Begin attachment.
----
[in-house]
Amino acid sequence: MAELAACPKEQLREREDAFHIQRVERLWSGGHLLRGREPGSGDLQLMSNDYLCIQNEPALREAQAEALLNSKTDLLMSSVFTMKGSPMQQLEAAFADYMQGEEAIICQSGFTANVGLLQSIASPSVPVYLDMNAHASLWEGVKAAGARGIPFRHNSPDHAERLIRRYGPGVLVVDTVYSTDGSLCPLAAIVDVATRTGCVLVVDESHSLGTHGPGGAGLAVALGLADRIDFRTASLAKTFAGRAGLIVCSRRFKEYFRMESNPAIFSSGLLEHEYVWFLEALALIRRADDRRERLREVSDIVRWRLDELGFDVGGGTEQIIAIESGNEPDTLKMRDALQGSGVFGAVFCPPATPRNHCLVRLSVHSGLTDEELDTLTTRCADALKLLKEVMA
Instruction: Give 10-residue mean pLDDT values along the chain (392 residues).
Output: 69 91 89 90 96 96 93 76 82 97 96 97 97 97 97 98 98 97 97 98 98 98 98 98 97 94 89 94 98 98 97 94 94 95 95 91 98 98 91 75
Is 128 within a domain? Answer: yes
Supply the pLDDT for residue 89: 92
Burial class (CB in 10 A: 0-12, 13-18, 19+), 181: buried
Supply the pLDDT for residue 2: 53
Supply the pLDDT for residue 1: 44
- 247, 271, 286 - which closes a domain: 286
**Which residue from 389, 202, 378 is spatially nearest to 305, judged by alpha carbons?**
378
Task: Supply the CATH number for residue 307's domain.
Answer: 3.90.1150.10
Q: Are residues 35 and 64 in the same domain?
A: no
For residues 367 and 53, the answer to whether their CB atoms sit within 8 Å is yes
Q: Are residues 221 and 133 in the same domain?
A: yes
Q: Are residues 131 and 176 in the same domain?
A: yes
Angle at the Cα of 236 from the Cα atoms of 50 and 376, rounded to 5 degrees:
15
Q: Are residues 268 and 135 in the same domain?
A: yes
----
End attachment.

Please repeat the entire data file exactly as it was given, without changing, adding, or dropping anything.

[in-house]
Amino acid sequence: MAELAACPKEQLREREDAFHIQRVERLWSGGHLLRGREPGSGDLQLMSNDYLCIQNEPALREAQAEALLNSKTDLLMSSVFTMKGSPMQQLEAAFADYMQGEEAIICQSGFTANVGLLQSIASPSVPVYLDMNAHASLWEGVKAAGARGIPFRHNSPDHAERLIRRYGPGVLVVDTVYSTDGSLCPLAAIVDVATRTGCVLVVDESHSLGTHGPGGAGLAVALGLADRIDFRTASLAKTFAGRAGLIVCSRRFKEYFRMESNPAIFSSGLLEHEYVWFLEALALIRRADDRRERLREVSDIVRWRLDELGFDVGGGTEQIIAIESGNEPDTLKMRDALQGSGVFGAVFCPPATPRNHCLVRLSVHSGLTDEELDTLTTRCADALKLLKEVMA
Instruction: Give 10-residue mean pLDDT values along the chain (392 residues).
Output: 69 91 89 90 96 96 93 76 82 97 96 97 97 97 97 98 98 97 97 98 98 98 98 98 97 94 89 94 98 98 97 94 94 95 95 91 98 98 91 75
Is 128 within a domain? Answer: yes
Supply the pLDDT for residue 89: 92
Burial class (CB in 10 A: 0-12, 13-18, 19+), 181: buried
Supply the pLDDT for residue 2: 53
Supply the pLDDT for residue 1: 44
- 247, 271, 286 - which closes a domain: 286
**Which residue from 389, 202, 378 is spatially nearest to 305, judged by alpha carbons?**
378
Task: Supply the CATH number for residue 307's domain.
Answer: 3.90.1150.10
Q: Are residues 35 and 64 in the same domain?
A: no
For residues 367 and 53, the answer to whether their CB atoms sit within 8 Å is yes
Q: Are residues 221 and 133 in the same domain?
A: yes
Q: Are residues 131 and 176 in the same domain?
A: yes
Angle at the Cα of 236 from the Cα atoms of 50 and 376, rounded to 5 degrees:
15
Q: Are residues 268 and 135 in the same domain?
A: yes